Billy-agree. Tom Petty plays it every night, but it is for a different crowd every night.
    Billy-disagree. “Fact: If church was less frequent, people would participate more.” I don’t think it really translates over the same way.
    Timothy – disagree. I’ve seen worship leaders who go there without a problem, but they don’t bring anyone else with them. You gotta do more. It’s not a private worship time. It’s just different.
    Rich – Amen. It is worth it.

    This concept is part of why I actually try to do hymns more often than I used to now. Our church is multigenerational. The hymns are updated, but people where I’m at love them. They aren’t my #1 choice, but it isn’t all about me. That’s actually been a tough one to get past.

    But I don’t think the pendulum can swing the other way either. I have seen leaders do a song so often that people in the church wanted to puke when they heard it after a while. Open The Eyes is a good example for some people I know. God does say to sing a new song as well. I dont want to get stuck playing mid 90’s “choruses” every week when there are so many great new expressions out there to share also. As with everything, balance.

    And I think you could probably write a whole other post on…wait…nevermind. Maybe I’ll do that! 😉

    Thanks for the great thought provoking posts!

  4. James McLean

    oh this is a great topic and one that does not have a simple response. i understand what Timothy means, we cannot change people, they either worship or they don’t. so here is what we can do, we worship hard to God and people see that and join in. this is what i have seen ring true. also, just because people aren’t clapping or singing doesn’t mean they aren’t worshipping.
    it is who we are what we do, we worship because we can’t help but worship. whether people join in or not is their choice, we hope that they do but we can’t manipulate it.
    the bigger question is, what are we doing outside of the hour long service to euip and prepare them to be the church? we are calling them to live a lifestyle of worship and mission and you can’t get that in 1 hr on Sunday morning.
    just my thoughts.

    James McLeans last blog post..I don’t really know what I’m doing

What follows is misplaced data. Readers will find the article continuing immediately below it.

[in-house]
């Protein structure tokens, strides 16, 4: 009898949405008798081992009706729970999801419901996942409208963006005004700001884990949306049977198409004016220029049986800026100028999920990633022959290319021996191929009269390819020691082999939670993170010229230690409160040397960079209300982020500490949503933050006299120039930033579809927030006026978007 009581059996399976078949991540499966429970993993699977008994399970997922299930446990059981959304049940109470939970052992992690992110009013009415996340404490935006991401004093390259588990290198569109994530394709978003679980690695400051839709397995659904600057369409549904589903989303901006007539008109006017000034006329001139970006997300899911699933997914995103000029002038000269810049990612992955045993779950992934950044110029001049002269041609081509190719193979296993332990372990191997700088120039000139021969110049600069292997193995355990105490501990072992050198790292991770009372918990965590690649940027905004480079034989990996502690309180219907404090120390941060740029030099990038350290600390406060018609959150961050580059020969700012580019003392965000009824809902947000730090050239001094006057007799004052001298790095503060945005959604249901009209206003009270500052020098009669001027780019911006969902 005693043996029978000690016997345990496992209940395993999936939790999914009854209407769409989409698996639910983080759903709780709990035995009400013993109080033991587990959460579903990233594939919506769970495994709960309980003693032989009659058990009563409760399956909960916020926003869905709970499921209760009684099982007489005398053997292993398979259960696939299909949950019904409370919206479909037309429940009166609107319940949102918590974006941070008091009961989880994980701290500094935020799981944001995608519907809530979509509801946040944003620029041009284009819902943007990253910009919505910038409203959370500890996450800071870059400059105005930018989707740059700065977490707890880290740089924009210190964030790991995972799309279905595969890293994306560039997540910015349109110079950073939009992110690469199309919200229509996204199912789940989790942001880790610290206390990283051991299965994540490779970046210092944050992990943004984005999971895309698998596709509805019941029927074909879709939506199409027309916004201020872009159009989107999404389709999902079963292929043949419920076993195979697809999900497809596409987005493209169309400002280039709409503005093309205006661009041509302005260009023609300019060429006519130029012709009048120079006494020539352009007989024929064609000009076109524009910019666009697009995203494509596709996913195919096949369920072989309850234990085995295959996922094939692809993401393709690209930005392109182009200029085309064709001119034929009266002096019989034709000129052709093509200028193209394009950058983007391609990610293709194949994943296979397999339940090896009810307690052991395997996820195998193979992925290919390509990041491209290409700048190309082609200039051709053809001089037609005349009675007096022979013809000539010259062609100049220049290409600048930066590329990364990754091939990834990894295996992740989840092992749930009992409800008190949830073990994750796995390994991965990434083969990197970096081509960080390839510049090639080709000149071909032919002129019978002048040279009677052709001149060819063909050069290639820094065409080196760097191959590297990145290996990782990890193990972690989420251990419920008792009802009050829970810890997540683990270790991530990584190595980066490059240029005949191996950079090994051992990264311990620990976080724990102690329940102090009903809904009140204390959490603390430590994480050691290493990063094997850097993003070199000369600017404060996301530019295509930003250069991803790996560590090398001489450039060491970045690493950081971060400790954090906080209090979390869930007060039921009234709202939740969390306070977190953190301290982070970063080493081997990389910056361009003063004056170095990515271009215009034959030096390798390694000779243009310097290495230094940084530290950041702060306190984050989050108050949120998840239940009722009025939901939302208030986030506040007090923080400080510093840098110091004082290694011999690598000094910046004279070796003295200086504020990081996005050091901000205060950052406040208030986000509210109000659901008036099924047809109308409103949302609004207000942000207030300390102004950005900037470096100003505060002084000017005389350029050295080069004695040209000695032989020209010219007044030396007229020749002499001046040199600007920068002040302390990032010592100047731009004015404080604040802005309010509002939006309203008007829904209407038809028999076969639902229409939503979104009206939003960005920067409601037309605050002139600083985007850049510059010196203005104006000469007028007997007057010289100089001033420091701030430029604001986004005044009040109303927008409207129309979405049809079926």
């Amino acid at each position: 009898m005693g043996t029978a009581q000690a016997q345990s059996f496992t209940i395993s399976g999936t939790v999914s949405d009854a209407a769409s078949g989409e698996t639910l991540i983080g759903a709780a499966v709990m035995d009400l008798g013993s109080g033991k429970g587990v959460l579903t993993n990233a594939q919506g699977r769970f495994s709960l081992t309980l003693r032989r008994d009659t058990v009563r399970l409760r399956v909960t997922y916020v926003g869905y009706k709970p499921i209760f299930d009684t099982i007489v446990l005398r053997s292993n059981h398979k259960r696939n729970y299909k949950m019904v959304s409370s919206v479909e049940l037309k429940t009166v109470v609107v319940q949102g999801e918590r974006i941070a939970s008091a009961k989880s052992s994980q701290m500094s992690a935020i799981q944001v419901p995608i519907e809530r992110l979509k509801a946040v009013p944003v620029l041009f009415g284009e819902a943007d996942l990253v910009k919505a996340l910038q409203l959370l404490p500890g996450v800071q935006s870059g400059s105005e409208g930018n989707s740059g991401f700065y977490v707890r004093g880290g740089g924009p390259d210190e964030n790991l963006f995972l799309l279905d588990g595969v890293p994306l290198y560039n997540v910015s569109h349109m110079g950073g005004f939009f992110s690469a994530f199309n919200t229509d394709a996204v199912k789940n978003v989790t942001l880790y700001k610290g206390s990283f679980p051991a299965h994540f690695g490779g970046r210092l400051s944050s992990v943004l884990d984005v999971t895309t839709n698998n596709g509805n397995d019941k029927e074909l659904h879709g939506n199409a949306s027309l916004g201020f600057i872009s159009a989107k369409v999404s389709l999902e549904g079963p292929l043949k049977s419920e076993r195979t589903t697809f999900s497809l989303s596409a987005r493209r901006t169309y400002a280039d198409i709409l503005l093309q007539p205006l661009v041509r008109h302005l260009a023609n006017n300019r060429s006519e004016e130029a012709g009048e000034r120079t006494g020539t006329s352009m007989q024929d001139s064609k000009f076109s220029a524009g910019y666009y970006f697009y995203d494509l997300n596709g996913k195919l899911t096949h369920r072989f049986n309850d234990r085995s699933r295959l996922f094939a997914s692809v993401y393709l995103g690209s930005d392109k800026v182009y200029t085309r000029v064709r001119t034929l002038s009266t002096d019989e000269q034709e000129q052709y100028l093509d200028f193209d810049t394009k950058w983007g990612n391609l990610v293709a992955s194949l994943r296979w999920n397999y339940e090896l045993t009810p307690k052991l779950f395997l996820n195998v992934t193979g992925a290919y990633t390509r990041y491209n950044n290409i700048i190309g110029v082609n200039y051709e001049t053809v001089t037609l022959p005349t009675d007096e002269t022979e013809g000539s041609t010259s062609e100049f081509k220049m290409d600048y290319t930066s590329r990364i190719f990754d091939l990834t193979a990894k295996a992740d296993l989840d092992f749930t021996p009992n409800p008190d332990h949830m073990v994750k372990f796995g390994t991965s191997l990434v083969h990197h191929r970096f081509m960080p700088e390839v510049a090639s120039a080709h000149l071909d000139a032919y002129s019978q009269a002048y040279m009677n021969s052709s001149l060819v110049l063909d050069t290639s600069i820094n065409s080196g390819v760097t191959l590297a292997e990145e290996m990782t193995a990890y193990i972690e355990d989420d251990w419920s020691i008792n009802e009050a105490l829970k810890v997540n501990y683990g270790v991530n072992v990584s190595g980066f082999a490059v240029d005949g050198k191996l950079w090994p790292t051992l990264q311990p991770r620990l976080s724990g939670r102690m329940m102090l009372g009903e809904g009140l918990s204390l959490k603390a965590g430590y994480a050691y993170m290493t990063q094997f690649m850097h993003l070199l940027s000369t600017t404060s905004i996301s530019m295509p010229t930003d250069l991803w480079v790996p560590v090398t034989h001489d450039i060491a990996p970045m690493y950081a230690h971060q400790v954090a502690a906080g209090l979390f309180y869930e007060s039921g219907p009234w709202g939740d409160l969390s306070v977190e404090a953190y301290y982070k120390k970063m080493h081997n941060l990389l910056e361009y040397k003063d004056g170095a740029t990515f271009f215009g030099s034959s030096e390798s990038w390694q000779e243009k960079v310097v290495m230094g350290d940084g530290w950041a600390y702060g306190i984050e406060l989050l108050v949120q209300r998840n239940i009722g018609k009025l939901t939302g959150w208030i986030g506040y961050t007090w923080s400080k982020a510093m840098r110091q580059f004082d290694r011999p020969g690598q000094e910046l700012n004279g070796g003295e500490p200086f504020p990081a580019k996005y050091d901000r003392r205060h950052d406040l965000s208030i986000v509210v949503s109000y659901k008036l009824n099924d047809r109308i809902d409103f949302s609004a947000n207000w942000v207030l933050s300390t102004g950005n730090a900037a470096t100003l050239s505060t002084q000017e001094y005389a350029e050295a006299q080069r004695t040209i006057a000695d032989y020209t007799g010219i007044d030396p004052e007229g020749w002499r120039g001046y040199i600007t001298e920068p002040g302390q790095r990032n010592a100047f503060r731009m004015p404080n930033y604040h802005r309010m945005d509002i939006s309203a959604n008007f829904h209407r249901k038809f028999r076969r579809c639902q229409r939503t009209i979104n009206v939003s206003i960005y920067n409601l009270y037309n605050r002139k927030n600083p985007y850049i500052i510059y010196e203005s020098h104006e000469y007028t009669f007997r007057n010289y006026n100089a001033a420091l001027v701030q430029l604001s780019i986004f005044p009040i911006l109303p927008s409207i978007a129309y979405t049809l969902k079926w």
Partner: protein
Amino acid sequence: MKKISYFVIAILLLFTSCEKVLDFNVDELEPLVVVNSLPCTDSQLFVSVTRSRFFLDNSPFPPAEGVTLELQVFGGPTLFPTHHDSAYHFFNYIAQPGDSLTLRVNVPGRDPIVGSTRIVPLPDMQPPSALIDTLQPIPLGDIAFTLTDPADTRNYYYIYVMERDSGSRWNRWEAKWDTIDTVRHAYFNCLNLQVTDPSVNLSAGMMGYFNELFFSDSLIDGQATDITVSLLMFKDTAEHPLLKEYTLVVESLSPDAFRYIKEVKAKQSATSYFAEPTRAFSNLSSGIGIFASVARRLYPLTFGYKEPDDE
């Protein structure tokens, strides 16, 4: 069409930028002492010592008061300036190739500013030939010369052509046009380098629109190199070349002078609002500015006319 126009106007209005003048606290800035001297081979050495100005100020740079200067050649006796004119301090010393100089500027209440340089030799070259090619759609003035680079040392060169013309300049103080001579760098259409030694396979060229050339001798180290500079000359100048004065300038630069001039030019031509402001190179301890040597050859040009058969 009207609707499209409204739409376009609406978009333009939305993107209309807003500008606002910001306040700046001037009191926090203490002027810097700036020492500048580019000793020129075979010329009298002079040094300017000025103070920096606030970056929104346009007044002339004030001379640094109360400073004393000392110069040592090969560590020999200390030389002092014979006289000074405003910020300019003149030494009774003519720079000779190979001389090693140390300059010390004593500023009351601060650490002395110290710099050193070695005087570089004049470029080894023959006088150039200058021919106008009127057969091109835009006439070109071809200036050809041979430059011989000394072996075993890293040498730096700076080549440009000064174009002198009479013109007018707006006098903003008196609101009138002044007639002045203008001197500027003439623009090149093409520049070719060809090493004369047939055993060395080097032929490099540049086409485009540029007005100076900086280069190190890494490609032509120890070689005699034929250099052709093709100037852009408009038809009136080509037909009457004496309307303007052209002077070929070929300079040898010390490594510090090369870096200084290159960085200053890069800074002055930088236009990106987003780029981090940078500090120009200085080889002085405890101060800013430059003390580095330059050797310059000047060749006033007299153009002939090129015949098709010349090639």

5. alex

    Hmmm, I’m crunching through the comments, good thought provoking ones. Timothy, I’m gonna have to address the leading portion of your comment – I have some strong feelings about leadership styles and how effective they are and how they relate to your vision, or the type of people you are targeting (if you are targeting, etc.)

    James – you caused me to immediately think, “what is that 1 hour for every Sunday?” probably another blog post.

    Billy – interesting line of thought. Is that what Passion, Harvest Crusade, etc. are for?

    Bobby – Right on. I think the issue of putting old songs to bed is another struggle we have. Why is this so complicated?

    Rich – “it will be worth it all in the end” 🙂

    Thanks all for continuing the conversation, let’s see who else will jump in!

  6. eric

    Sorry, I had to do that! LOL!

    So here are my real thoughts… What a great topic. I just had someone comment on how we “kind of have theme songs”. Meaning that we play a lot of the same songs. There’s something to be said about doing new songs.

    I agree with you all. In other words, different environments call for different leadership styles, techniques and song choices. Seriously though, for this post we’ll assume that singing along is our primary objective. Here are some of the techniques that I’ve used.

    So why not pick some popular Radio tunes that they might be more likely to sing along with (like “won’t back down”). I actually force myself to listen to Christian Radio once in a while for the sole purpose of picking up a popular song. Let’s face it, a lot of Christians listen to Christian Radio and the truth is they’re still playing some songs from the 90s (talk about repetition)!

    One of the best (and toughest) things I’ve done as a worship leader was create a few live, unedited CDs from our Sunday morning worship experiences. Now this was before I actually cared about how I sounded (what a tragedy that I’ve lost that) so I was able to put it out there. Today I’d be too embarrassed, but I bet it’d be worth it. This was over 5 years ago and I still get people asking for copies of those CDs. There’s something about being able to go to Church in the privacy of your own vehicle.

    Maybe I should put together a new CD!

    erics last blog post..Legos… the greatest creation of mankind…